It took many years to utter the words “I feel lonely.” So much of therps is about correctly identifying a feeling. It’s sort of like pin the tail on the donkey, and your therps lets you peek through the blindfold sometimes but mostly you’re just stabbing in the dark - IS IT SAD? IS IT MAD? IS IT FEAR?
Nope, it’s lonely. Quiet little lonely. Sulking around, trying to get noticed. Me, trying to ignore it.
I feel lonely. There’s a lot I enjoy about my life - I have a lot of privileges and freedoms to cultivate the life that I desire. But I’m often lonely. I grew up in the era of the TV show Friends - assuming that once I’d hit my 20s, I’d suddenly have a group of local friends a mere stone’s throw away from wherever I lived, and we’d all be friends with each other. Television really punches you in the gut with that narrative. How I Met Your Mother was like that too and they upgraded - They actually hung out at a BAR (side note: Both shows managed to never see people of color in New York City which is another bit of writing for another day.)
I also thought I’d have a partner. I’ve lived with a partner before, someone I believed I loved with my whole heart, despite how strained and incompatible we were. Yet I was so lonely so much of the time. I felt so alone in my own feelings. I felt alone in my experience. I felt isolated.
At the same time, I relish being alone. As an introvert, I love that quiet time to myself in my house, just the cat nestled up somewhere and me. I crave it when I don’t have that time regularly.
I’m acutely aware of the difference between being alone and being lonely. I write that and yet I sabotage being alone in order to avoid being lonely. Loneliness is one of those feelings I push away as much as possible when I’m alone. I leave the TV on in the background when I'm at home. I get lost browsing social media, watching other people’s lives appear less lonely than my own.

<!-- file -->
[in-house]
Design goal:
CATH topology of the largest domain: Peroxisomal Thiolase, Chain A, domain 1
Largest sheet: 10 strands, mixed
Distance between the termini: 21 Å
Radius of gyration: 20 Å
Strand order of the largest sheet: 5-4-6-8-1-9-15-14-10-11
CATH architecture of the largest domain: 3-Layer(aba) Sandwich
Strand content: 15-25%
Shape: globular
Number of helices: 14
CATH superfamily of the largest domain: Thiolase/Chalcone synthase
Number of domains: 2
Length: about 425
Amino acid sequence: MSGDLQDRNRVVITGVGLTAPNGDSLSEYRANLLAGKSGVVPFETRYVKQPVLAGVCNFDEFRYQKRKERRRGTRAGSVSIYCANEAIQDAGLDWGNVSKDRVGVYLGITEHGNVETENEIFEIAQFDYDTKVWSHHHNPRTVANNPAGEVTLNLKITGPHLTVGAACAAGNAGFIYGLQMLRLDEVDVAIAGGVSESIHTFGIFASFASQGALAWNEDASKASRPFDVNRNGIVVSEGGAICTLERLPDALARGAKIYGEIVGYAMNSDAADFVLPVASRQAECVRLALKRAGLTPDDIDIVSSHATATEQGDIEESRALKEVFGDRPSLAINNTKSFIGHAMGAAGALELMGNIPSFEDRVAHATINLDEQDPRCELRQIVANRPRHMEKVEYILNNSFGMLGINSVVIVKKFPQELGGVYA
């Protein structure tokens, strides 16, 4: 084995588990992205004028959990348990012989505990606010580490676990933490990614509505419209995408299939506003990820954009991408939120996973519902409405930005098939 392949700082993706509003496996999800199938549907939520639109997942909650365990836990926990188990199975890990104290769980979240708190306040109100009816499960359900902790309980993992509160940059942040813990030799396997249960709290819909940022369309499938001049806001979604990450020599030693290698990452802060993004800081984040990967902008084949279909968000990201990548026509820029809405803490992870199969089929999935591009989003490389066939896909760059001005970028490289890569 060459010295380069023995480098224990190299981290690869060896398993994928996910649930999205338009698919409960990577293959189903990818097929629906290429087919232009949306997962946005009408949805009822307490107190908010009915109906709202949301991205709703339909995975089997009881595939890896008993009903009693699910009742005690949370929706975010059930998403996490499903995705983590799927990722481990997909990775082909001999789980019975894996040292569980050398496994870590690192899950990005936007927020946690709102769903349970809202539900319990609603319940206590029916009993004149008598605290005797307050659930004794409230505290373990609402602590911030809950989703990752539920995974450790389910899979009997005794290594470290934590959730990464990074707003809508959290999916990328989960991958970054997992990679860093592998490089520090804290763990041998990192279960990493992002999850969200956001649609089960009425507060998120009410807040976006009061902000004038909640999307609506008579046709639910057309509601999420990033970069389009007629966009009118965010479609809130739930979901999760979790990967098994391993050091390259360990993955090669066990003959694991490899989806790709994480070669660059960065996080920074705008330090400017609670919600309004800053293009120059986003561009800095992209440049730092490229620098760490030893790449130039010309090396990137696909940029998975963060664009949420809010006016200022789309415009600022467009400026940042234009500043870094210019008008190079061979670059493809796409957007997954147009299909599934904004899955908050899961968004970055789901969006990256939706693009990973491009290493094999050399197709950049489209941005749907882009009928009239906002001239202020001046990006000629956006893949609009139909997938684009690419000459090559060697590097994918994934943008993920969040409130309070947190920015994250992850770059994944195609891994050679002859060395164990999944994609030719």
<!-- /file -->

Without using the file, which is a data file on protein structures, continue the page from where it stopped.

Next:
But when I exist, quietly, in my home. After a long day. No distractions. That’s when I feel it. It’s like this weighted blanket. It’s sort of comforting because it’s so familiar. And it’s also...heavy and a bit sad. Because the fantasy of being less lonely is so aggressively pushed onto our lives. Social media. Television shows. The constant messaging of always being with friends and finding a romantic partner that you live happily ever after with. Meanwhile there are people who are living alone - or with other people - and secretly being miserable.
I don’t consider myself to be secretly miserable. I did at one point. It turned out I was secretly suffering from depression.
Depression treated, the loneliness remains palpable. Sometimes it feels like some pieces are missing.
When I finally do confront the loneliness, it’s actually ok. The world doesn’t fall apart. I don’t sink into a deep depression, from which I’ll never return. I just feel a bit heavy, a bit “ok, this sucks.” Sometimes a bit of dread wrapped in questions - what if I always feel this way, what if I never meet someone to build a life with?
And then the reminder comes from inside me: loneliness exists regardless of that external life you’re thinking about from television. Being around people can't prevent loneliness. Being in a relationship doesn't guarantee you won't feel lonely ever again. The loneliness only alleviates itself when you let the feeling of connectedness in. Connection to the universe, to community, to family and friends. You feel that warmth come in and you feel a bit less weighted by lonely, even if you are still alone.
The cure for aloneness is company. The cure for loneliness is connectedness.
When I was in college, a guest lecturer asked us to complete a short writing exercise.
Who do you love? Who loves you?
I think about this prompt often, years later. I feel less alone when I think of the people I love. I feel less lonely when I think of the people who love me. That’s the connection - the threads getting woven together, over distances and over timezones. It knits us into a cozy little blanket.
Having a cat doesn’t hurt either :)